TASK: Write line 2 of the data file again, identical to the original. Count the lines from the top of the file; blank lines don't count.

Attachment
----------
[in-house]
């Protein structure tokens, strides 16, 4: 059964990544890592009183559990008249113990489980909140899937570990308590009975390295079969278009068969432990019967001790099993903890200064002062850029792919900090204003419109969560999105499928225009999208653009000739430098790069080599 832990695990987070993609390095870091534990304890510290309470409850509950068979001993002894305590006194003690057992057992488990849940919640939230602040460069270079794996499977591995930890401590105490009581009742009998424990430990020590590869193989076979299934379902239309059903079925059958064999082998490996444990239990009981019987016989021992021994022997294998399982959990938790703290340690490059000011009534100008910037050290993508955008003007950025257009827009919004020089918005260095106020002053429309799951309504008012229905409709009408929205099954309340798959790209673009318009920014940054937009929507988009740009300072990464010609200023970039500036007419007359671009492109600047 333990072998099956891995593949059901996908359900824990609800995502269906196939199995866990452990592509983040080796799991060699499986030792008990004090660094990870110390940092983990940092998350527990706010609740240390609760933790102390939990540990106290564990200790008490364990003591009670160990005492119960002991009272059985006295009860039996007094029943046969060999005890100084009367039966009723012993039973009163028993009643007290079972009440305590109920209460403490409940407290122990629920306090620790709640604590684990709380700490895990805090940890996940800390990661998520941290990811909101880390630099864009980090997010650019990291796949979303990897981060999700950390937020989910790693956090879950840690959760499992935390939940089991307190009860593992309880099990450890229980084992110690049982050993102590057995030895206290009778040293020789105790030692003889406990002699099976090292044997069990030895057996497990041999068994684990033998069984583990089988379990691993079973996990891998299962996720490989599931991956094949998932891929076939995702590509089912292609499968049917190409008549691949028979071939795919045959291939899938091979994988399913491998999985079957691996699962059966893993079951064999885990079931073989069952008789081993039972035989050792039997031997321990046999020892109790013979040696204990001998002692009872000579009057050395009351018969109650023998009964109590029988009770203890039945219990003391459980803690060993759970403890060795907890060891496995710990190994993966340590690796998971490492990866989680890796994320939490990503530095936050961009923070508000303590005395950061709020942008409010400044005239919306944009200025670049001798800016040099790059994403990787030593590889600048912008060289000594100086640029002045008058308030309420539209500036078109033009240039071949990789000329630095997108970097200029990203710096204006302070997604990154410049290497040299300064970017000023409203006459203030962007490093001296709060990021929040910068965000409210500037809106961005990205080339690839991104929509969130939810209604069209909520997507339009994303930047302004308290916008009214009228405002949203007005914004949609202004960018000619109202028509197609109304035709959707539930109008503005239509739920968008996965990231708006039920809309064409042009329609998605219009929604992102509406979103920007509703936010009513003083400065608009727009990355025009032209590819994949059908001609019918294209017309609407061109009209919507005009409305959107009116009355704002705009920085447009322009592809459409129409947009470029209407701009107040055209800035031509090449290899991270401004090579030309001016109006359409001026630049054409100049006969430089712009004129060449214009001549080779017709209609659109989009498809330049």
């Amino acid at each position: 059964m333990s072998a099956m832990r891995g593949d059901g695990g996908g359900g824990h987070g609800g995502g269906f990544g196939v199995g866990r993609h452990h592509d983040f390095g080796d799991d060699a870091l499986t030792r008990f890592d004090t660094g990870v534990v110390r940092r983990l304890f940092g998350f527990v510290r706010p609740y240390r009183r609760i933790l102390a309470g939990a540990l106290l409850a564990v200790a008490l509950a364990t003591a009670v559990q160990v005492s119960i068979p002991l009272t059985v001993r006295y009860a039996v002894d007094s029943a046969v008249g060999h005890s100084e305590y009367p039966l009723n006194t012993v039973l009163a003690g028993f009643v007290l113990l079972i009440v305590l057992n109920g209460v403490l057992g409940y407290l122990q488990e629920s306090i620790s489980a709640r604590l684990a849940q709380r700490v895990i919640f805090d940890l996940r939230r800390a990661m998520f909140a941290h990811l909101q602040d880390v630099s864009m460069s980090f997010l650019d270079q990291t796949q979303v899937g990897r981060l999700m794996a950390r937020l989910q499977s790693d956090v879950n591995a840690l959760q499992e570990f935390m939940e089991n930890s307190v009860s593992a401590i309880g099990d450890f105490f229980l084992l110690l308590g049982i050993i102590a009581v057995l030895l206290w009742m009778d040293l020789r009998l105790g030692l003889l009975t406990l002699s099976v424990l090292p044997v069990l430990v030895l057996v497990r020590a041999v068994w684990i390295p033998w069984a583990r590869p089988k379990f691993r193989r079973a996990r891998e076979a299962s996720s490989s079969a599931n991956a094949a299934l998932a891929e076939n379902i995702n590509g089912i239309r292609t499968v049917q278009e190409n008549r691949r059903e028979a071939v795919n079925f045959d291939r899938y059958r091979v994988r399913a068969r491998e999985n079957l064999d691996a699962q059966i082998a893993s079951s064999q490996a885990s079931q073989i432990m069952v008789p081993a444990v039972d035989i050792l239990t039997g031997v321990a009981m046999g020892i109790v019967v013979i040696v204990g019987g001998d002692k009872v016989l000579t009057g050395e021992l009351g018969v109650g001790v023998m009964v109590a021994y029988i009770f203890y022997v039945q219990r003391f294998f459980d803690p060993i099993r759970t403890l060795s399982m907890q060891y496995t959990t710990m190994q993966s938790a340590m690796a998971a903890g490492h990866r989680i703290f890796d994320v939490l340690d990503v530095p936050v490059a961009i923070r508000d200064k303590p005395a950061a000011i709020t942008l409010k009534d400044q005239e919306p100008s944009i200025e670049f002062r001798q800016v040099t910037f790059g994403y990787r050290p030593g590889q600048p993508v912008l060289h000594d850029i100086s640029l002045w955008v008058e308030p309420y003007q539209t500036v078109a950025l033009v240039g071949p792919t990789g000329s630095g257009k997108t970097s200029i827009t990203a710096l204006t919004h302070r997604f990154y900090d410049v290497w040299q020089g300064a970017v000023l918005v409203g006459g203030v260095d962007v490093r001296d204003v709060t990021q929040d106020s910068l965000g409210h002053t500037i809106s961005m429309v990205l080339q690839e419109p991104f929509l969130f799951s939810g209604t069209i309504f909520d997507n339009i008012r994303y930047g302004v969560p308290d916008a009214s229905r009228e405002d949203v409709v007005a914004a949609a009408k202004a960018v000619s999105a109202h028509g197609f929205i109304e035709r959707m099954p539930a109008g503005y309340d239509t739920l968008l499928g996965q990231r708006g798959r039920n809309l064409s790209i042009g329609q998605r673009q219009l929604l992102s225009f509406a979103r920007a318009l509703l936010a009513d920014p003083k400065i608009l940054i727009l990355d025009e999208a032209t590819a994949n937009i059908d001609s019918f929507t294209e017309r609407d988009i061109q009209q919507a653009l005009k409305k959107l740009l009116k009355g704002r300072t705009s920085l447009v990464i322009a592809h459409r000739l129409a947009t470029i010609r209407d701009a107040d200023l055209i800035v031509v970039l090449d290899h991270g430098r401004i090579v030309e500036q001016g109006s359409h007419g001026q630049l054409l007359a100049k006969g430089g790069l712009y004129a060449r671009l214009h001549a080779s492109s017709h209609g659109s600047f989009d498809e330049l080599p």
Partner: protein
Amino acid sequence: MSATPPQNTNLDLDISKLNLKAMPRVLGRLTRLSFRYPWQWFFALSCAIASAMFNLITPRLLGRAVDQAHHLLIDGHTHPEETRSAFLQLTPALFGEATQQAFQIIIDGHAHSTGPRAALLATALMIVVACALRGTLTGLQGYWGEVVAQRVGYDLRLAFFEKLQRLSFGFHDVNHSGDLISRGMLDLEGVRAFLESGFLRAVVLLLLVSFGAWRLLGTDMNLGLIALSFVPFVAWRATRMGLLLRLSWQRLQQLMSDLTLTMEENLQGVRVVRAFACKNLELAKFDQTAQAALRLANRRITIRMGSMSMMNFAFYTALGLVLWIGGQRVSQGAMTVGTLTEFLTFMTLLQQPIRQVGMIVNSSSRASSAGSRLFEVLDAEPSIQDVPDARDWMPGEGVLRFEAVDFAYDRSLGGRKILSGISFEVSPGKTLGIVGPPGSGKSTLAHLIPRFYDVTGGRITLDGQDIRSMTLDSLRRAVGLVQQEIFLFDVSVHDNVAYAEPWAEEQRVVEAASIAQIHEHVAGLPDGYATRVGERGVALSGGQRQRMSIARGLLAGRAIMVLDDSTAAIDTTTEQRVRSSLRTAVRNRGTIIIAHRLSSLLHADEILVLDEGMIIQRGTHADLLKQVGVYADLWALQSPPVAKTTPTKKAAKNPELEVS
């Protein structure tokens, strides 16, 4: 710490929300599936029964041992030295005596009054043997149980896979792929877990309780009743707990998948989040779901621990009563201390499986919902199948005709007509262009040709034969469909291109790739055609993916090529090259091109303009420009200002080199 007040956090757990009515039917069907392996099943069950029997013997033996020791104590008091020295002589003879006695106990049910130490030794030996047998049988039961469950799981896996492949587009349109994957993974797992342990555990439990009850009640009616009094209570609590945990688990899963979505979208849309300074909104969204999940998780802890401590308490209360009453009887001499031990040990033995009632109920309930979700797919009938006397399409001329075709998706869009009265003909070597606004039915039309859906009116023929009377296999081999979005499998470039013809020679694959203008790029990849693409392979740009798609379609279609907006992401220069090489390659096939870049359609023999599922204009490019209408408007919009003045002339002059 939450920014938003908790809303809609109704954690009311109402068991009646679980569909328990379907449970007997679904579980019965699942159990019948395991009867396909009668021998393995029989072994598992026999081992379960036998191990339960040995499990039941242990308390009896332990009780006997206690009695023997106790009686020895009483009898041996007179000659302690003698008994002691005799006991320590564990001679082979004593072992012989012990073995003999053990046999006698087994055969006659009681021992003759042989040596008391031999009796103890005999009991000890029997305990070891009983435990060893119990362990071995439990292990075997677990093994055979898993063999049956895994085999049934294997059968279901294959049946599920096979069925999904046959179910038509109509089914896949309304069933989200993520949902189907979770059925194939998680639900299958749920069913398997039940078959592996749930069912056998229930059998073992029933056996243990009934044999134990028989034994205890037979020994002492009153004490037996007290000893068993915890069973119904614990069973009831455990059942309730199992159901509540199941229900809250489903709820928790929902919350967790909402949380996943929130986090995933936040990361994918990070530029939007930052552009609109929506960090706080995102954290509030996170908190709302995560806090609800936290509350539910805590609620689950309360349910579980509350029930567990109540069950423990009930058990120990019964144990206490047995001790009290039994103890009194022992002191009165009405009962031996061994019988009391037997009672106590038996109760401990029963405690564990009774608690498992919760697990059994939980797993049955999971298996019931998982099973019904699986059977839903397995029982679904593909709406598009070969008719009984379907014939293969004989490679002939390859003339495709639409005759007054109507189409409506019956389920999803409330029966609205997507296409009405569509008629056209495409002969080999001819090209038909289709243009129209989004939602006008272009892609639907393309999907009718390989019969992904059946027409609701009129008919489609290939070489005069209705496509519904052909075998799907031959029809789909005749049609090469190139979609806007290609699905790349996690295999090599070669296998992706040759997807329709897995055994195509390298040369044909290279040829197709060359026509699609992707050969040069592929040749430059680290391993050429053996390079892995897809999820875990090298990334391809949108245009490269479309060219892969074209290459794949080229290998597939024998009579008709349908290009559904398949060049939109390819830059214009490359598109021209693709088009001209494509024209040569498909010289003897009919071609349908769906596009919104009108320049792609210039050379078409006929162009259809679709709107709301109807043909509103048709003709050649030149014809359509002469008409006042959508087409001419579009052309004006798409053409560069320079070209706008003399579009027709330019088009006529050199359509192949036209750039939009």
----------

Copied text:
């Protein structure tokens, strides 16, 4: 059964990544890592009183559990008249113990489980909140899937570990308590009975390295079969278009068969432990019967001790099993903890200064002062850029792919900090204003419109969560999105499928225009999208653009000739430098790069080599 832990695990987070993609390095870091534990304890510290309470409850509950068979001993002894305590006194003690057992057992488990849940919640939230602040460069270079794996499977591995930890401590105490009581009742009998424990430990020590590869193989076979299934379902239309059903079925059958064999082998490996444990239990009981019987016989021992021994022997294998399982959990938790703290340690490059000011009534100008910037050290993508955008003007950025257009827009919004020089918005260095106020002053429309799951309504008012229905409709009408929205099954309340798959790209673009318009920014940054937009929507988009740009300072990464010609200023970039500036007419007359671009492109600047 333990072998099956891995593949059901996908359900824990609800995502269906196939199995866990452990592509983040080796799991060699499986030792008990004090660094990870110390940092983990940092998350527990706010609740240390609760933790102390939990540990106290564990200790008490364990003591009670160990005492119960002991009272059985006295009860039996007094029943046969060999005890100084009367039966009723012993039973009163028993009643007290079972009440305590109920209460403490409940407290122990629920306090620790709640604590684990709380700490895990805090940890996940800390990661998520941290990811909101880390630099864009980090997010650019990291796949979303990897981060999700950390937020989910790693956090879950840690959760499992935390939940089991307190009860593992309880099990450890229980084992110690049982050993102590057995030895206290009778040293020789105790030692003889406990002699099976090292044997069990030895057996497990041999068994684990033998069984583990089988379990691993079973996990891998299962996720490989599931991956094949998932891929076939995702590509089912292609499968049917190409008549691949028979071939795919045959291939899938091979994988399913491998999985079957691996699962059966893993079951064999885990079931073989069952008789081993039972035989050792039997031997321990046999020892109790013979040696204990001998002692009872000579009057050395009351018969109650023998009964109590029988009770203890039945219990003391459980803690060993759970403890060795907890060891496995710990190994993966340590690796998971490492990866989680890796994320939490990503530095936050961009923070508000303590005395950061709020942008409010400044005239919306944009200025670049001798800016040099790059994403990787030593590889600048912008060289000594100086640029002045008058308030309420539209500036078109033009240039071949990789000329630095997108970097200029990203710096204006302070997604990154410049290497040299300064970017000023409203006459203030962007490093001296709060990021929040910068965000409210500037809106961005990205080339690839991104929509969130939810209604069209909520997507339009994303930047302004308290916008009214009228405002949203007005914004949609202004960018000619109202028509197609109304035709959707539930109008503005239509739920968008996965990231708006039920809309064409042009329609998605219009929604992102509406979103920007509703936010009513003083400065608009727009990355025009032209590819994949059908001609019918294209017309609407061109009209919507005009409305959107009116009355704002705009920085447009322009592809459409129409947009470029209407701009107040055209800035031509090449290899991270401004090579030309001016109006359409001026630049054409100049006969430089712009004129060449214009001549080779017709209609659109989009498809330049």